Customers have lodged nearly 2,400 complaints a week
There has been a 30% rise in the number of complaints made to the Financial Ombudsman Service (FOS).
Formal complaints totalled 123,089 in the last financial year, reversing the decline seen during the previous year.
The Ombudsman said this was mainly due to a sharp rise in complaints about bank overdraft charges and payment protection insurance (PPI).
Most complaints made were turned down, apart from those regarding bank charges and credit cards.
"By the end of the 2007-08 financial year we had received more new complaints than in any year since the ombudsman service was established," said the FOS chairman Sir Christopher Kelly.
The FOS received nearly 32,000 bank charge complaints in just the first four months of the last financial year.
Most common financial complaints 2007-08
Bank charges 31,618
Credit cards 14,123
Mortgage endowments 13,778
Payment protection insurance 10,652
That was nearly 10 times as many as in the whole previous year, reflecting the huge rise in consumer discontent over the issue.
But at the end of July it stopped dealing with any new or current cases.
That was part of the deal between the banks and the Office of Fair Trading which led to all new cases being frozen in the banking and legal system, as part of a plan to ask the High Court to resolve the legal issues involved.
As a result, 14,000 bank charge complaints were put on ice at the FOS.
The litigation to decide the fairness of bank overdraft charges is now likely to last well into next year so it will probably not be until then that the FOS re-examines its cases.
"It's massively unfair and is to be deplored," said Marc Gander of the Consumer Action Group.
"Many thousands more people are stuck in the courts, unable to enforce their rights while the banks are allowed to continue applying their charges unfettered," he added.
Payment protection Insurance
A sudden surge in complaints about PPI hit the FOS in the first three months of 2008, prompted by media and internet campaigns on the issue.
There were 10,652 complaints for the whole of 2007-08, up significantly from 1,832 the year before.
The consumers association Which? claimed that as many as two million people may have been mis-sold PPI policies in the past five years.
"We've always known that people were being mis-sold PPI, but we were still amazed to discover the scale of it," said Doug Taylor of Which?
"If you have a loan and think you might have been mis-sold PPI, now's the time to fight back," he added.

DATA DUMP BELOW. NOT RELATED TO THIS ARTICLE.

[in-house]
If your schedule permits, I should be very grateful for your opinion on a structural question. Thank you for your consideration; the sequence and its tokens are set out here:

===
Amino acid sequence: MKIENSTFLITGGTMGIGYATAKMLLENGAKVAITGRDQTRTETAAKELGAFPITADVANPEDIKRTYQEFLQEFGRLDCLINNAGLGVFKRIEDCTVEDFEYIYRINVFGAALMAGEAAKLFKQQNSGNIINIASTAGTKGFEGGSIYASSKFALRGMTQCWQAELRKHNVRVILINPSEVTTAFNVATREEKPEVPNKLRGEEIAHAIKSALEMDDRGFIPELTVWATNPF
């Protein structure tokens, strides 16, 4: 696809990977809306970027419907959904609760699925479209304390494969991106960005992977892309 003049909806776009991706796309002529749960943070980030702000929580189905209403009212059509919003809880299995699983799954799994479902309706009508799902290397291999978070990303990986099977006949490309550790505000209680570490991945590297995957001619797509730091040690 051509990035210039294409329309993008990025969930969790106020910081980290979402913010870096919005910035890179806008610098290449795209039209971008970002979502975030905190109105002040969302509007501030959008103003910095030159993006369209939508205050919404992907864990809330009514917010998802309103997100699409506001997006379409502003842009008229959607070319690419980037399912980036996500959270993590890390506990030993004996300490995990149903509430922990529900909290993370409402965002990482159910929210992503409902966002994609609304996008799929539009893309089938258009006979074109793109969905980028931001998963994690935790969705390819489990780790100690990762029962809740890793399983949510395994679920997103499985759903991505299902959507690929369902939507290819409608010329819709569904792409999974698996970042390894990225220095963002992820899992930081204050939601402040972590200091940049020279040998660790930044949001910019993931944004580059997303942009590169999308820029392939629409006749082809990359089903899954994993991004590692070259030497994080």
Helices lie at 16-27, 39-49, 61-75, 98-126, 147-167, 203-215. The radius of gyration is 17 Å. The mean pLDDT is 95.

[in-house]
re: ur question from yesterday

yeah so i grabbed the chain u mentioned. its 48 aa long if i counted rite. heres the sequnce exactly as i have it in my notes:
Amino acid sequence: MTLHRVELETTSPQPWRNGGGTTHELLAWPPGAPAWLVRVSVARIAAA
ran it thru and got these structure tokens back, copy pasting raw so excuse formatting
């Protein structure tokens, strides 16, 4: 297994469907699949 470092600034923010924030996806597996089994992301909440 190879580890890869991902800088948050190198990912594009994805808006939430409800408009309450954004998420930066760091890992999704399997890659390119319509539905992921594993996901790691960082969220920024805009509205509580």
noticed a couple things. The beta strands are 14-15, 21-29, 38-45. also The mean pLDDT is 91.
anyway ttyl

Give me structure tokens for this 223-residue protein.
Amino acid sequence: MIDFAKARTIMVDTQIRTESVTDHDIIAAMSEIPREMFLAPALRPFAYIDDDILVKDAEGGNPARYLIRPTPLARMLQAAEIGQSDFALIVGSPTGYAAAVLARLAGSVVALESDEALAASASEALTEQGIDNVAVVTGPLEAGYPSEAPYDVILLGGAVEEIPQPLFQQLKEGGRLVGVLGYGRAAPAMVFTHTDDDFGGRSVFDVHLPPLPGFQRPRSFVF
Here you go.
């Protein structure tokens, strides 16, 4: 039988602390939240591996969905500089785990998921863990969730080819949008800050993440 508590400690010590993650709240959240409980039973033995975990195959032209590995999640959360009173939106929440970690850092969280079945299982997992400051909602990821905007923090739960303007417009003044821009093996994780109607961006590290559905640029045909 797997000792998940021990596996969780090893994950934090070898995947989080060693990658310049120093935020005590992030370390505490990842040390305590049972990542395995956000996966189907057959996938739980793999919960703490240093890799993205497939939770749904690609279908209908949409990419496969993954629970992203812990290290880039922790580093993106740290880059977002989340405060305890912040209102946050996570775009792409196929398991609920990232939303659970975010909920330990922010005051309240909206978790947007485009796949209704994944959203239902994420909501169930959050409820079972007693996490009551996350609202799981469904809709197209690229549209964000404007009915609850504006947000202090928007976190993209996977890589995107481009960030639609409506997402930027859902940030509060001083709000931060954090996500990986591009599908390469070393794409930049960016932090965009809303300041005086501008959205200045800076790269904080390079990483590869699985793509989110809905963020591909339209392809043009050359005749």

The fact that thousands of bank charge complaints were put on hold contributed to an 11% drop in the number of all cases actually resolved by the Ombudsman.
These fell by 11% from 2006-07 to 99,699.
An additional reason was the difficulty in resolving some of the remaining complaints about the mis-selling of mortgage endowment policies.
These used to be the single biggest source of complaint but have dwindled sharply in the past few years.
Overall the number of new cases dropped in one year from 46,134 to just 13,778.
However the fact that some of the remaining complaints were more difficult to deal with meant that they took longer than before to resolve.
The Ombudsman noted that 19% of all complaints came from claims handling businesses which typically take a cut of any compensation they gain.
The FOS said in some cases the complainants were not being represented properly.
"In the specific context of pension-related complaints involving SERPS, we have seen a significant number of cases this year where some claims-management companies have given consumers unrealistic expectations of large sums of compensation in cash, without appearing first to have properly assessed the actual merits of the individual cases," said the FOS report.
Despite the upsurge in complaints overall, approaching the FOS is not a one-way ticket to success.
Only 32% of complaints about mortgage endowments were upheld.
Most other areas of complaint - covering banking, investment and insurance - also saw the Ombudsman uphold a majority of the decisions made by the financial services companies.
Only for current account complaints (84%) and credit cards(79%) did consumers win most of their claims.